NAIROBI, KENYA — They call themselves the forgotten victims of Al Qaeda's deadliest terrorist strike against U.S. interests abroad.
Survivors of the Aug. 7, 1998, U.S. Embassy bombing in Nairobi will gather today at the blast site for a 10th anniversary memorial service to honor the 218 people killed and 5,000 injured. Twelve Americans were among the dead.
But amid the sorrow and prayers, victims also plan to voice their anger -- not just at the terrorists but at the U.S. and Kenyan governments, which they accuse of abandoning them.
While many of the Sept. 11 victims in the U.S. have received between $1 million and $2 million in payouts, Kenyan victims of the 1998 attack, and those who suffered after a simultaneous strike against the U.S. Embassy in Tanzania, complain that their compensation, which ranged between $400 and $9,000, was sorely inadequate.
"We are struggling to cope with life, but nobody wants to be bothered with us anymore," said Paul Wala, chairman of a victims advocacy group.
He said some of the injured use wheelchairs and that many are blind. A large number have been unable to return to work, forcing their families into poverty amid ongoing medical and rehabilitation bills. Most struggle with chronic aliments, including back pain, fatigue and depression.
Victims are also outraged by what they perceive as a lack of respect from the U.S. and Kenyan governments.
For 10 years, victims have had to organize and fund their own annual memorial services. The Kenyan government hasn't sent an official representative since 1999, though this year Prime Minister Raila Odinga is expected to speak. Wala's group is scrambling for private donations because many victims can't afford the bus fare to attend the downtown ceremony.
U.S. officials, meanwhile, are hosting a private memorial service across town. Wala bristled at the dueling services.
"On the 10th anniversary, more than ever, we should all be together," he said. "But U.S. officials fear coming to our service because they will be embarrassed or asked about the compensation."
His group is seeking $1 million per victim, insisting that the U.S. bears responsibility. "If it weren't for the U.S. Embassy in Kenya, we would not have been bombed."
U.S. Ambassador Michael E. Ranneberger expressed sympathy for the victims' plight, but disputed claims that they have not received American support.
"I don't think they have fallen through the cracks," he said. "The U.S. was tremendously responsive at the time of the bombing. They've received support, though it may not be as much as they feel they deserve."
The U.S. government says that over the last decade it has spent $42 million in assistance, including paying victims' medical bills for three years, offering scholarships, repairing buildings and funding disaster- preparedness programs. The U.S. continues to provide help, but as with all previous aid, none of the funds go directly to survivors as compensation.
"We simply don't, as a matter of policy, provide compensation," Ranneberger said. "This is not something we've done anywhere in the world."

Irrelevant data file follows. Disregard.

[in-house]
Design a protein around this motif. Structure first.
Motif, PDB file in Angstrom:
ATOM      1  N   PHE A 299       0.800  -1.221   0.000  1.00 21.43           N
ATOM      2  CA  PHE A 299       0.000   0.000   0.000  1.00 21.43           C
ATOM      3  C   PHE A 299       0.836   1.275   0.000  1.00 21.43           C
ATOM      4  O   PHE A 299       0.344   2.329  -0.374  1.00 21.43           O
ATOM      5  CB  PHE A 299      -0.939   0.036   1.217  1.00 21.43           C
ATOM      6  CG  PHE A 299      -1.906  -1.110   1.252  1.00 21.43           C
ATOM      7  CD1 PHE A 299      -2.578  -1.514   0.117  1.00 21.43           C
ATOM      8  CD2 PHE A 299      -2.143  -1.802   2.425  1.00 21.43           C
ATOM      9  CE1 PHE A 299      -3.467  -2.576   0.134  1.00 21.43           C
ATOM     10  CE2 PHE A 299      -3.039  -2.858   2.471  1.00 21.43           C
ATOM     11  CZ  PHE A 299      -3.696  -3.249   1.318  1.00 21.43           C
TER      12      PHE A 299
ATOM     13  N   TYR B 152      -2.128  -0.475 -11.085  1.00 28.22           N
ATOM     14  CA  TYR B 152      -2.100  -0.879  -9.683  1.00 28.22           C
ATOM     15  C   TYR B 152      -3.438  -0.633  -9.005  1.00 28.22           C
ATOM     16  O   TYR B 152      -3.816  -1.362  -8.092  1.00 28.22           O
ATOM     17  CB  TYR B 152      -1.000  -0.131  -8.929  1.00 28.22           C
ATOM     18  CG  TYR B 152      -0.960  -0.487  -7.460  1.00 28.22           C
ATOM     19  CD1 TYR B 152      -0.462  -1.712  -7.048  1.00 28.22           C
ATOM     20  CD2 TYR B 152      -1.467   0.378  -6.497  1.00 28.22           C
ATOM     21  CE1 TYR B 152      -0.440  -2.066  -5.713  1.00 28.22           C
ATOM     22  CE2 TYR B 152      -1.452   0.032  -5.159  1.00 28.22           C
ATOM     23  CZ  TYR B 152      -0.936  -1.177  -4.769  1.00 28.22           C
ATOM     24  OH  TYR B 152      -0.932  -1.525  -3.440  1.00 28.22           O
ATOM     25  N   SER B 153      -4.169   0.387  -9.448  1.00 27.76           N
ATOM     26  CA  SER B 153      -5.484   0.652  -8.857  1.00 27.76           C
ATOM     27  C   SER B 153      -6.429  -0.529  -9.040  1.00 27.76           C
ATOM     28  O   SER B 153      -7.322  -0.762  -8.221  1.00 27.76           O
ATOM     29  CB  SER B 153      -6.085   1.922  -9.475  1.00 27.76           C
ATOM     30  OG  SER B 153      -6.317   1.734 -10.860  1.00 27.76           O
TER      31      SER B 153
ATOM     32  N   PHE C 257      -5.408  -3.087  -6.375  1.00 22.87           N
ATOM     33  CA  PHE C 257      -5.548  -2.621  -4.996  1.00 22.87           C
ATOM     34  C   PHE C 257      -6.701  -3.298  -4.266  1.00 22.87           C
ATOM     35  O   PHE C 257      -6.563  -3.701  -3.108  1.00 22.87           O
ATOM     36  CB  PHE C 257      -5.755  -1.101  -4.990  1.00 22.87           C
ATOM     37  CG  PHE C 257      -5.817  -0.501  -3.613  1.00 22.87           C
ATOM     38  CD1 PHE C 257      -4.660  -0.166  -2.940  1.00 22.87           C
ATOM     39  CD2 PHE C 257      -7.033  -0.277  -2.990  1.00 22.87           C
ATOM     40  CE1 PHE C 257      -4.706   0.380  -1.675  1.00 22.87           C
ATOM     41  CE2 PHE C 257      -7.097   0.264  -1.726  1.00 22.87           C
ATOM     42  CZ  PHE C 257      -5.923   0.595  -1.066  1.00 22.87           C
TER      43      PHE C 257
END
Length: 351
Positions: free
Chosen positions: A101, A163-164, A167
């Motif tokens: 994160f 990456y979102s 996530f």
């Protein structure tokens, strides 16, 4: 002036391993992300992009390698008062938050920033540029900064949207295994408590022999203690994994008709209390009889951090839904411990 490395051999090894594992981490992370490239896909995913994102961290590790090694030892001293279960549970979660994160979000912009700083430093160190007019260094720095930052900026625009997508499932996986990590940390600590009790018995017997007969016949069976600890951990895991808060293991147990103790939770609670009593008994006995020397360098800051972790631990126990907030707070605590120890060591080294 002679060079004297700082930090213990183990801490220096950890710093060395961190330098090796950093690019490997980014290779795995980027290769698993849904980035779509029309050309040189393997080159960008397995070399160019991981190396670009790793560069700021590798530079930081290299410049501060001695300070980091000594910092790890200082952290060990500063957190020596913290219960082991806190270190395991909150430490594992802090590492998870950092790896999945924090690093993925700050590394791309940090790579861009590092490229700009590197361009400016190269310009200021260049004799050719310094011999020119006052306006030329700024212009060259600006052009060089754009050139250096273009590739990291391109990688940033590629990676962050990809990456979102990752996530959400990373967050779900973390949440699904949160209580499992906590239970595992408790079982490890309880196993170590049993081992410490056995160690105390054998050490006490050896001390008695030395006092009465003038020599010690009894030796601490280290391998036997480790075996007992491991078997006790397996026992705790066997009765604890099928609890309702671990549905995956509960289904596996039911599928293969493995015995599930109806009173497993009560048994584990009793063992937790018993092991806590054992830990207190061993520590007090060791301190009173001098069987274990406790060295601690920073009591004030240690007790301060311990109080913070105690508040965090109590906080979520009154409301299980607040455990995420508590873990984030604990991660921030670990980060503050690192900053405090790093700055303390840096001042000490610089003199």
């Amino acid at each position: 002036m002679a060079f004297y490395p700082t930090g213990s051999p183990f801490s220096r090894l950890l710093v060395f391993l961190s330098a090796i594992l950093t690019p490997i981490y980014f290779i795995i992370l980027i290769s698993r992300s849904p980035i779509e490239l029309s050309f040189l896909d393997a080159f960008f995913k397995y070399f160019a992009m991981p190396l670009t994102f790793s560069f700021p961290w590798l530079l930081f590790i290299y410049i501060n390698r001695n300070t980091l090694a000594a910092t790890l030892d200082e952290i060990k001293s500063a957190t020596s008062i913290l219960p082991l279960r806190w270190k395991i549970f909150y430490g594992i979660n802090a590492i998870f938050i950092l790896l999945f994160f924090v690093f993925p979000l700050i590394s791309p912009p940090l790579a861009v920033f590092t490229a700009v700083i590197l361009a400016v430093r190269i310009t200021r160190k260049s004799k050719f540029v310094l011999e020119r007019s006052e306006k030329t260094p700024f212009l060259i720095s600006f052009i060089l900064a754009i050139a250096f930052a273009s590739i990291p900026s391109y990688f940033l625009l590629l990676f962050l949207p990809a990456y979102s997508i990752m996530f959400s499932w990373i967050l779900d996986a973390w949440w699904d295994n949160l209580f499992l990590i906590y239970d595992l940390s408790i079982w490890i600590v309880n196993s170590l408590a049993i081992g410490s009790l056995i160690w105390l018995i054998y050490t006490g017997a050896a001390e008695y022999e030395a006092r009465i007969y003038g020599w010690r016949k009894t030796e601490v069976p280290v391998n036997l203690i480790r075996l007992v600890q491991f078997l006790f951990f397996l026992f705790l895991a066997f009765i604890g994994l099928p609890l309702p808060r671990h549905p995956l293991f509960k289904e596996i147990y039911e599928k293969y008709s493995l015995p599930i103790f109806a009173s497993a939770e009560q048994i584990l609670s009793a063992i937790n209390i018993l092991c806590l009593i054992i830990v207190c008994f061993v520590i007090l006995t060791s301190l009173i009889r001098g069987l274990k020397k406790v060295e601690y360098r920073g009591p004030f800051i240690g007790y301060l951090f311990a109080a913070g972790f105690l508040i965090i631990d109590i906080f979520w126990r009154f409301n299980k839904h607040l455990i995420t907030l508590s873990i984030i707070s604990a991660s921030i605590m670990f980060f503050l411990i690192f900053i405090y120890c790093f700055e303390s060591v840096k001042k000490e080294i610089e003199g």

Among other things, U.S. officials worry about setting a costly legal precedent for other terrorist strikes.
The only direct compensation for victims came from a Kenyan government-run fund, mostly from private donations. Survivors received between $400 and $1,500, depending on the extent of their injuries. Families of the dead were given up to $9,000.
Victims say that money ran out years ago and charge that some aid money was lost to corruption.
Agnes Wambua, 51, was on the fourth floor of an office tower next to the embassy when the truck bomb caused her building to collapse. She spent 18 months in the hospital, unable to walk because of extensive back and leg injuries.
Her initial medical bills were covered by the U.S., and she received about $1,300 from the Kenyan fund. But she said the money barely paid for the first year of weekly taxi bills to transport her to the hospital for rehabilitation.
Today the former secretary can walk, but she spends more than $100 a month on medications, doctors and therapy.
The family of Rose Wanjiku Mwangi, a tea lady whose struggle to survive riveted the nation, says financial hardships made it difficult to keep her three orphaned children together. Trapped for three days amid rubble and crying out for help, Mwangi became an international symbol of hope, dubbed Kenya's "candle in the wind." When rescuers arrived too late to save her, the country mourned.
"In the beginning there was a lot of support, but we got nothing financially from the government, and it's been very hard," said Lucy Mwangi, a sister who cares for Rose's youngest daughter.
Victims also blamed the Kenyan government for neglecting their needs.
"We are treated like a nuisance, like beggars," said Flora Wamukowa, an office worker whose baby was born prematurely because of her injuries.
Kenyan officials say they cannot afford to help victims, insisting that the U.S. should shoulder the responsibility.
"The only victims gripe against us is that we haven't done enough to pressure the U.S. to give Kenyans what they've given Americans," said Alfred Mutua, spokesman for the Kenyan government, calling the U.S. policy "a double standard."
Local resentment grew worse when Congress expanded the multibillion-dollar Sept. 11 fund to retroactively include a few dozen American victims of the 1998 embassy bombings, but not their Kenyan counterparts.
"Why?" asked Wambua. "Is that because we are African? Are we not worth as much?"